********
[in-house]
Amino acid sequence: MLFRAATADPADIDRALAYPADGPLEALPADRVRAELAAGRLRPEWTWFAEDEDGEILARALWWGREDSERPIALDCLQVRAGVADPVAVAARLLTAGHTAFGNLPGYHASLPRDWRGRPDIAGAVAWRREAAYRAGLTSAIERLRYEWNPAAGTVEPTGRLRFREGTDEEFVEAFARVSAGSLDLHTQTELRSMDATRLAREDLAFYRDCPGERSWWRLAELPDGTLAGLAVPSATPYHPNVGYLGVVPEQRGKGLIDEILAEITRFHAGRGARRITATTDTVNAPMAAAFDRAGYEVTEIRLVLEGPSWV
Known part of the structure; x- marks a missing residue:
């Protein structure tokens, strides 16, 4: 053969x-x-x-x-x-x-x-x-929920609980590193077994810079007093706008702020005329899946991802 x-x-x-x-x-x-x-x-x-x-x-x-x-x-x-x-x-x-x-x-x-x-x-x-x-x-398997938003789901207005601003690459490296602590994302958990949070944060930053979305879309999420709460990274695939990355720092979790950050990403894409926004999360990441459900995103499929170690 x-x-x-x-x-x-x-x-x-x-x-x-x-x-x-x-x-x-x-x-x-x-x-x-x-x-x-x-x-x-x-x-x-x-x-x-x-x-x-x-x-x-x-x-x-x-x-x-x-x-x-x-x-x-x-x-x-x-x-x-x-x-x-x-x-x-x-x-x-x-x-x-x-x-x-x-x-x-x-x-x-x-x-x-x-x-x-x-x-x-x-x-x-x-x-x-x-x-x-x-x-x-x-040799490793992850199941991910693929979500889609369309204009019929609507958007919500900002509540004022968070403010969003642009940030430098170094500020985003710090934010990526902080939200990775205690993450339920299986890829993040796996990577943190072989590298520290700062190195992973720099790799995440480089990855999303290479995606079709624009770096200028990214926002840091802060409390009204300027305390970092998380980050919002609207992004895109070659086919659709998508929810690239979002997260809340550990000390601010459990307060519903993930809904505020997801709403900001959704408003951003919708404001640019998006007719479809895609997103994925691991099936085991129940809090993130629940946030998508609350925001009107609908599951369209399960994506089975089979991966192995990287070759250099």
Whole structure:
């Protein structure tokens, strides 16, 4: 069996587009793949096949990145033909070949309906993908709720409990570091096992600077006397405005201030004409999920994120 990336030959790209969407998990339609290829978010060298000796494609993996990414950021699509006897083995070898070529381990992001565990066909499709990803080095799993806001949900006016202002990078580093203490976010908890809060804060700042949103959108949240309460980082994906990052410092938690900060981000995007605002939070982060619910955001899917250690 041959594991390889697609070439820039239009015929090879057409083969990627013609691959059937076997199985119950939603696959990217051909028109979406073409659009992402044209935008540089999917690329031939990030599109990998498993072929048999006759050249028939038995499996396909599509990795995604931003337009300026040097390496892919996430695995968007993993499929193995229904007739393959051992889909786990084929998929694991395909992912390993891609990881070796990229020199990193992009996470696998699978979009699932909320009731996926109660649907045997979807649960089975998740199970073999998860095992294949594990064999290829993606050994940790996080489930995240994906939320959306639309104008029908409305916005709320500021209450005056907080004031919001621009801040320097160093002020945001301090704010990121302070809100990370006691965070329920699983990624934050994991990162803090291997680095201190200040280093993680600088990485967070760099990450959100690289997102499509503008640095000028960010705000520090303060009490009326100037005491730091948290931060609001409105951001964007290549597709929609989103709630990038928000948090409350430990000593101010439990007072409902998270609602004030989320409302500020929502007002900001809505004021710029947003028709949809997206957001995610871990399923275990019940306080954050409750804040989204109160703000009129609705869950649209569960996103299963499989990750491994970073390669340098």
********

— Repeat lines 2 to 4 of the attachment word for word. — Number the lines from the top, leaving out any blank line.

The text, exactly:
Amino acid sequence: MLFRAATADPADIDRALAYPADGPLEALPADRVRAELAAGRLRPEWTWFAEDEDGEILARALWWGREDSERPIALDCLQVRAGVADPVAVAARLLTAGHTAFGNLPGYHASLPRDWRGRPDIAGAVAWRREAAYRAGLTSAIERLRYEWNPAAGTVEPTGRLRFREGTDEEFVEAFARVSAGSLDLHTQTELRSMDATRLAREDLAFYRDCPGERSWWRLAELPDGTLAGLAVPSATPYHPNVGYLGVVPEQRGKGLIDEILAEITRFHAGRGARRITATTDTVNAPMAAAFDRAGYEVTEIRLVLEGPSWV
Known part of the structure; x- marks a missing residue:
């Protein structure tokens, strides 16, 4: 053969x-x-x-x-x-x-x-x-929920609980590193077994810079007093706008702020005329899946991802 x-x-x-x-x-x-x-x-x-x-x-x-x-x-x-x-x-x-x-x-x-x-x-x-x-x-398997938003789901207005601003690459490296602590994302958990949070944060930053979305879309999420709460990274695939990355720092979790950050990403894409926004999360990441459900995103499929170690 x-x-x-x-x-x-x-x-x-x-x-x-x-x-x-x-x-x-x-x-x-x-x-x-x-x-x-x-x-x-x-x-x-x-x-x-x-x-x-x-x-x-x-x-x-x-x-x-x-x-x-x-x-x-x-x-x-x-x-x-x-x-x-x-x-x-x-x-x-x-x-x-x-x-x-x-x-x-x-x-x-x-x-x-x-x-x-x-x-x-x-x-x-x-x-x-x-x-x-x-x-x-x-040799490793992850199941991910693929979500889609369309204009019929609507958007919500900002509540004022968070403010969003642009940030430098170094500020985003710090934010990526902080939200990775205690993450339920299986890829993040796996990577943190072989590298520290700062190195992973720099790799995440480089990855999303290479995606079709624009770096200028990214926002840091802060409390009204300027305390970092998380980050919002609207992004895109070659086919659709998508929810690239979002997260809340550990000390601010459990307060519903993930809904505020997801709403900001959704408003951003919708404001640019998006007719479809895609997103994925691991099936085991129940809090993130629940946030998508609350925001009107609908599951369209399960994506089975089979991966192995990287070759250099």